On We Are Not Alone, Breaking Benjamin's sophomore effort for Hollywood, the Philadelphia quartet still enjoys coursing the downcast dynamics and dour cerebrals of early Tool through post-grunge's more accessible melodics. Vocalist/guitarist Ben Burnley channels Maynard James Keenan throughout "So Cold" and "Simple Design," and fills their shadows with scary roars. But the choruses are as uplifting and hopeful as anything from 3 Doors Down, and the latter even features a quiet acoustic interlude. It's this baiting of the darker mental animal while realizing the power of a cool hard rock riff that drives We Are Not Alone. "Why am I so pathetic?" asks Burnley in "Sooner or Later." "Help me break my conscience in," goes "Break My Fall," "To free us from our innocence." Both cuts stick to the familiar formula of introducing huge chords before dwelling on the personal struggle in the verses, only to surge toward hopeful choruses. In this, Breaking Benjamin is quite capable. They understand that it can't be all gloom and doom all the time -- that the people need some light at the end of the tunnel. Alone's choruses offer that urgency throughout, but "Forget It" takes it to heart. With its whispering synthesizers, layered guitar effects (Billy Corgan guests), and filtered harmonies, the cut is a warm departure from the album's bruised push forward. We Are Not Alone has its moments of genre-aping filler, and Burnley's delivery does at times seem forced -- he just sounds so much like his peers. But We Are Not Alone is still a solid second effort, with plenty of appeal for fans of groups like Crossfade, Default, and Smile Empty Soul.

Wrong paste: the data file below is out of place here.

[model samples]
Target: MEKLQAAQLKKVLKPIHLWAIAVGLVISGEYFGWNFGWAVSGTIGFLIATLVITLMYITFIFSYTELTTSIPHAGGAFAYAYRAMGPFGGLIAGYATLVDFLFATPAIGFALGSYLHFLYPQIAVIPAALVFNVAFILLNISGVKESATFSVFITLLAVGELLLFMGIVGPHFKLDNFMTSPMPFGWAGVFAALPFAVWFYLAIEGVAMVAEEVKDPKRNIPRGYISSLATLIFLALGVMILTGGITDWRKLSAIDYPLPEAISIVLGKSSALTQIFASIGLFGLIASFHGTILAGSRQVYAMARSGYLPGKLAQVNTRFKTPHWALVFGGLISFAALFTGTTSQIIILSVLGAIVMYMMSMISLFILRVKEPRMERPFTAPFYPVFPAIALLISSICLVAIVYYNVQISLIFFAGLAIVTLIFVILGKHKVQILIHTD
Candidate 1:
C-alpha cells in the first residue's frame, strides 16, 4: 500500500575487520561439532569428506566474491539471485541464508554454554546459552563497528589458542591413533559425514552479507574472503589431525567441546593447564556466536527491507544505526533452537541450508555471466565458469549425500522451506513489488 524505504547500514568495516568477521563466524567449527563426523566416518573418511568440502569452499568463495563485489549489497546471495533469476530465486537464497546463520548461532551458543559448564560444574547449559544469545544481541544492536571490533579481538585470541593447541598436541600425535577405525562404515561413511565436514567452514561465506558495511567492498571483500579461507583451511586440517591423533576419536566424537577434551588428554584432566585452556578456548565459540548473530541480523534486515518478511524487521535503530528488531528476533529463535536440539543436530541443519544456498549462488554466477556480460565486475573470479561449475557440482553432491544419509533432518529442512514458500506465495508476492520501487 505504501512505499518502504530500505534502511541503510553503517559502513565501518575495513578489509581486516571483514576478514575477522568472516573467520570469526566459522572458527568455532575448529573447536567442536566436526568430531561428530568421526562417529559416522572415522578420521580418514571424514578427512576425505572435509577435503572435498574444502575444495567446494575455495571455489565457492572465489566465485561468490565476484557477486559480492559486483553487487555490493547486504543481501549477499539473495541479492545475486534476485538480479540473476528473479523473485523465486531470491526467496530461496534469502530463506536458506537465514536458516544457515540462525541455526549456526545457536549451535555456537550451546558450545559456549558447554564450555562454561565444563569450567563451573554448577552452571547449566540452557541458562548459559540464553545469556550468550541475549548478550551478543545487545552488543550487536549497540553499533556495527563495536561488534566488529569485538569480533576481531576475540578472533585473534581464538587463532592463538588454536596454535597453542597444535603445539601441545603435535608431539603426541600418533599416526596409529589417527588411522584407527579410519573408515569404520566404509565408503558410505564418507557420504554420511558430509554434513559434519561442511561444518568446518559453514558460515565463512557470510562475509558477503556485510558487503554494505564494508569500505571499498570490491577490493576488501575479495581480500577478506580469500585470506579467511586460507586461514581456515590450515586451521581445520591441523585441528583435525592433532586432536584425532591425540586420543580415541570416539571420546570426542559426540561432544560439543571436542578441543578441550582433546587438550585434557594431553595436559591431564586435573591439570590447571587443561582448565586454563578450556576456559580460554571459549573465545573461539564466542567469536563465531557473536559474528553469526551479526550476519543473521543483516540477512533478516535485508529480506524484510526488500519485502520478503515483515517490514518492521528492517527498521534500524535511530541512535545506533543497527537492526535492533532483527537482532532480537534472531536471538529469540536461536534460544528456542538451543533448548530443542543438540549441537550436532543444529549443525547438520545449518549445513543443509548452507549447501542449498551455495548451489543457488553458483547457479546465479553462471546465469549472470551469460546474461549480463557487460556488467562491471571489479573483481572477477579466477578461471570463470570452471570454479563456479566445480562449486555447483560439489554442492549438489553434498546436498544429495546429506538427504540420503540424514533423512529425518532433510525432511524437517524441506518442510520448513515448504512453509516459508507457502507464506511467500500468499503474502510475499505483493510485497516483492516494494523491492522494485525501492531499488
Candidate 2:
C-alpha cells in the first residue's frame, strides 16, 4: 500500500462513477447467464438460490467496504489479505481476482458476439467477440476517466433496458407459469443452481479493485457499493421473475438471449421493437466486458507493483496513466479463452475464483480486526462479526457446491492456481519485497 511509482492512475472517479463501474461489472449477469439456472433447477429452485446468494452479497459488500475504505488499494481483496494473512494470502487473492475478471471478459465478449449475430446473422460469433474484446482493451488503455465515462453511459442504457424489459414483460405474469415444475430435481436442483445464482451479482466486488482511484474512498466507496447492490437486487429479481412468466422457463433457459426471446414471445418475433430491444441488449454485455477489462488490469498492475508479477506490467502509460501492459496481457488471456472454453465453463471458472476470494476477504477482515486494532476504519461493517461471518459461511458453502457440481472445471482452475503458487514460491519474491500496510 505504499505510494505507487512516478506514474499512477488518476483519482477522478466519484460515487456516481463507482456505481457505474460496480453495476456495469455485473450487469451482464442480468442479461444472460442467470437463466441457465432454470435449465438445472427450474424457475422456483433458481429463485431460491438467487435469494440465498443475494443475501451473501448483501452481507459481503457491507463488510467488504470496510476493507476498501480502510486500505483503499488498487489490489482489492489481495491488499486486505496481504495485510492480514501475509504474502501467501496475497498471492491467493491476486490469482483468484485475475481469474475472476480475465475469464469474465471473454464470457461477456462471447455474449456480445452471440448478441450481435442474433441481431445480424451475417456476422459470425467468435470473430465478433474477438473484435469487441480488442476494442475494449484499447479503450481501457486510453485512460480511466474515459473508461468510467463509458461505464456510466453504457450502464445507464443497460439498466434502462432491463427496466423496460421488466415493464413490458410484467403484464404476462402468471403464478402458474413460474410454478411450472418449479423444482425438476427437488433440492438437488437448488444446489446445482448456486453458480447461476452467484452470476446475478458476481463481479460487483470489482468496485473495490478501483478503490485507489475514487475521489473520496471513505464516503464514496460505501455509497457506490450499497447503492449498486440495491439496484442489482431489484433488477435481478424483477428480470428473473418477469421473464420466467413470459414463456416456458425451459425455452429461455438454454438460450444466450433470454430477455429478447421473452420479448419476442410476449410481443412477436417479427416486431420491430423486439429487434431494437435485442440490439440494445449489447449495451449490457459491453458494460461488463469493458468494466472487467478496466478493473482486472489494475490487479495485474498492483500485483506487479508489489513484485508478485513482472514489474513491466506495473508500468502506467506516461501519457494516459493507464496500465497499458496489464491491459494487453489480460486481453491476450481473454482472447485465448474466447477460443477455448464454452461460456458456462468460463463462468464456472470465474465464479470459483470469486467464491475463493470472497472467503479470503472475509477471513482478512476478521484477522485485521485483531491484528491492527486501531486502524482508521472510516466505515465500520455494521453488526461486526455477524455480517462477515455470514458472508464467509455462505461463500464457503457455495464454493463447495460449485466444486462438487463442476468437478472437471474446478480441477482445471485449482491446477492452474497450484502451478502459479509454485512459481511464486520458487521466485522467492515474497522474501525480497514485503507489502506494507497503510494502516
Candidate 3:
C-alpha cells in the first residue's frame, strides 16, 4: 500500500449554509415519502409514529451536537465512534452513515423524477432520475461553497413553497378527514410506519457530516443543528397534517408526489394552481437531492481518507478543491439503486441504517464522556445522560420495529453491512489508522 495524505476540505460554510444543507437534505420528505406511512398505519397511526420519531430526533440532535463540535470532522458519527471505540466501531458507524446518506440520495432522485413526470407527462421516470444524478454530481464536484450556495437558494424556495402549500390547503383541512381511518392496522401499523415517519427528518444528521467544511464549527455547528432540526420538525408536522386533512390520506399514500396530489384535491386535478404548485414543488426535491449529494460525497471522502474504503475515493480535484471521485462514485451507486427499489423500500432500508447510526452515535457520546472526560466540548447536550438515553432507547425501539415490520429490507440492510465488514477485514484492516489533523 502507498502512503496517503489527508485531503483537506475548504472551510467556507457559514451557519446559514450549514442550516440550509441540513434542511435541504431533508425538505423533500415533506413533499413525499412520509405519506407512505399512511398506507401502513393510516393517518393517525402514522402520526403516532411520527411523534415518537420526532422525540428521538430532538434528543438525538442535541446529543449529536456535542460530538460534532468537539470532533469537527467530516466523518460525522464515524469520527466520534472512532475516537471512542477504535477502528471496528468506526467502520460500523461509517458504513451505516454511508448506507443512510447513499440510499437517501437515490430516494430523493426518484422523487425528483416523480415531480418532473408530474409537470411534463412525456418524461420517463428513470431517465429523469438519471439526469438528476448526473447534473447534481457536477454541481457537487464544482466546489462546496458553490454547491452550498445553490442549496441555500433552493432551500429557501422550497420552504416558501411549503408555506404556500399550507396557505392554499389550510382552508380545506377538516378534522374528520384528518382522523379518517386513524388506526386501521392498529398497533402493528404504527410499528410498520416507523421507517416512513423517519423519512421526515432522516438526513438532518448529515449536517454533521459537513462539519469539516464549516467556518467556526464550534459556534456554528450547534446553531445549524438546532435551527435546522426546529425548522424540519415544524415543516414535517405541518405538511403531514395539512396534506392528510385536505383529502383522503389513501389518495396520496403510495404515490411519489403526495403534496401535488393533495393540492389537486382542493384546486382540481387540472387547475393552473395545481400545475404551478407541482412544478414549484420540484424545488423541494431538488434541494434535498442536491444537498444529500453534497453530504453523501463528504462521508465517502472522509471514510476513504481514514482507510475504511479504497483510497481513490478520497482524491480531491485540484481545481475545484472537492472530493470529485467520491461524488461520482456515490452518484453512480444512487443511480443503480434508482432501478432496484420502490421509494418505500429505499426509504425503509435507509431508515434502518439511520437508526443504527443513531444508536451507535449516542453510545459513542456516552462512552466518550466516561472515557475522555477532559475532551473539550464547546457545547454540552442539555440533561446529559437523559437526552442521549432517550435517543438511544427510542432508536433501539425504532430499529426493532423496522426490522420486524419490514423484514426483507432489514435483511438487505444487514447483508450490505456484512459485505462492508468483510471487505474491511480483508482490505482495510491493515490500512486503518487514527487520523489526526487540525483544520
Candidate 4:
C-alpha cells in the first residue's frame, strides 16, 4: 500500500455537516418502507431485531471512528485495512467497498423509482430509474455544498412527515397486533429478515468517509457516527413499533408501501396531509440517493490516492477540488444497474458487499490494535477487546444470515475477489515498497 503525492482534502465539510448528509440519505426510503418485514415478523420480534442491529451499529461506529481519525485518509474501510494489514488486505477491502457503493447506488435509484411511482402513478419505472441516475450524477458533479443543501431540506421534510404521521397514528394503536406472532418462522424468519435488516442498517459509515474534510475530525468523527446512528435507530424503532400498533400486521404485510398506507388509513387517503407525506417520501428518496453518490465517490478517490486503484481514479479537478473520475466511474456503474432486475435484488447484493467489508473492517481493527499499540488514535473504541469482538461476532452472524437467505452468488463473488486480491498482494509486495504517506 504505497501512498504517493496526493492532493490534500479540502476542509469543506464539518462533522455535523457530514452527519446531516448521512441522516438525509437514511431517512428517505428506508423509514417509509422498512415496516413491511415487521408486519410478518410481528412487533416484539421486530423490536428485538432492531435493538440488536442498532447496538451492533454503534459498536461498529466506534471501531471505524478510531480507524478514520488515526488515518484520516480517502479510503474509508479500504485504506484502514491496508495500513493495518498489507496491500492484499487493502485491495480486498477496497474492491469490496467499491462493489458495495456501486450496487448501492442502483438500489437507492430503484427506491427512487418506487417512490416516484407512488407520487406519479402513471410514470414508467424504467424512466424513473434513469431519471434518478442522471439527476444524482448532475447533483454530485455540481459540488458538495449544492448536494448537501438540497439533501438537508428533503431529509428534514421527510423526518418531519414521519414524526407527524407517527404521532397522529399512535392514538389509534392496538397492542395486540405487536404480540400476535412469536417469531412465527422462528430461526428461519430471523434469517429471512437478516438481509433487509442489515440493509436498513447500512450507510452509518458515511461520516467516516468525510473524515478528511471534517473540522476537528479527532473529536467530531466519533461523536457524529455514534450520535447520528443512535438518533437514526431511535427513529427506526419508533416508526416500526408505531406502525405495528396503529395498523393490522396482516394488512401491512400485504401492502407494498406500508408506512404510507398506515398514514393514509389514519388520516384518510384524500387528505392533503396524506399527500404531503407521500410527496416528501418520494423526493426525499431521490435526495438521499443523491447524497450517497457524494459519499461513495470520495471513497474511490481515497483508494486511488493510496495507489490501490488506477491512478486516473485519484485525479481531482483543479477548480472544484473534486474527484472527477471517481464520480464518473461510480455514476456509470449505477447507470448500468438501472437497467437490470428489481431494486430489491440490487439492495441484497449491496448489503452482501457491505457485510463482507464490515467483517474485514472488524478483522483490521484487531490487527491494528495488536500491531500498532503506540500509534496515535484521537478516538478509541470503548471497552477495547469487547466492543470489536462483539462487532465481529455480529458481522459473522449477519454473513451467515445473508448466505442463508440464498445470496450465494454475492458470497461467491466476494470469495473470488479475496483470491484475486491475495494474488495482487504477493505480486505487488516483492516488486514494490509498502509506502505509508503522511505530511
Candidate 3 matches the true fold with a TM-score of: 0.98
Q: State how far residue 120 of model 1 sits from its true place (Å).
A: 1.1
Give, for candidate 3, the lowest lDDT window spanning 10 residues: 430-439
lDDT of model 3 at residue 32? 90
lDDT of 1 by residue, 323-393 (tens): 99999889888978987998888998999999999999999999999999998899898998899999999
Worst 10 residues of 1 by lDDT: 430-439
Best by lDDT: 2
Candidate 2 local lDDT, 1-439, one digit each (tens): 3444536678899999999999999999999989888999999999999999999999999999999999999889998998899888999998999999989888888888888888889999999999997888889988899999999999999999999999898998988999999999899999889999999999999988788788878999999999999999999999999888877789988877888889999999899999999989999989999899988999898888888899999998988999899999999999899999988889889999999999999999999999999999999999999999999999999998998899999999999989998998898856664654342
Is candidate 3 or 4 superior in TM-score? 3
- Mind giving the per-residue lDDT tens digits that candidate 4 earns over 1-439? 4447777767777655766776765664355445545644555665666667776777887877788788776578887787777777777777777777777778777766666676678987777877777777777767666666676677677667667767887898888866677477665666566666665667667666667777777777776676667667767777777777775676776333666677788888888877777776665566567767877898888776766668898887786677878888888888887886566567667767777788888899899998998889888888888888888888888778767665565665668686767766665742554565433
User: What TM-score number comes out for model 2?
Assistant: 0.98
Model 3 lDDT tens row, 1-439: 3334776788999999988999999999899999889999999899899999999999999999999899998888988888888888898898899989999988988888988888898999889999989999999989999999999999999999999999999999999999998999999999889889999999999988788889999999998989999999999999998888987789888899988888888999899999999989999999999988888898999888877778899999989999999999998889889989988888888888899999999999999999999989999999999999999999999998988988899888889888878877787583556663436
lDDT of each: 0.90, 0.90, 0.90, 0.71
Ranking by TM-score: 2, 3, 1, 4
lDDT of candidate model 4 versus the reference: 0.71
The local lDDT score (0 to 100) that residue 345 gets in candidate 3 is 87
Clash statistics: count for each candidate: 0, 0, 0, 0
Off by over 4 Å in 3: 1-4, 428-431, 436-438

AllMusic Review by Johnny Loftus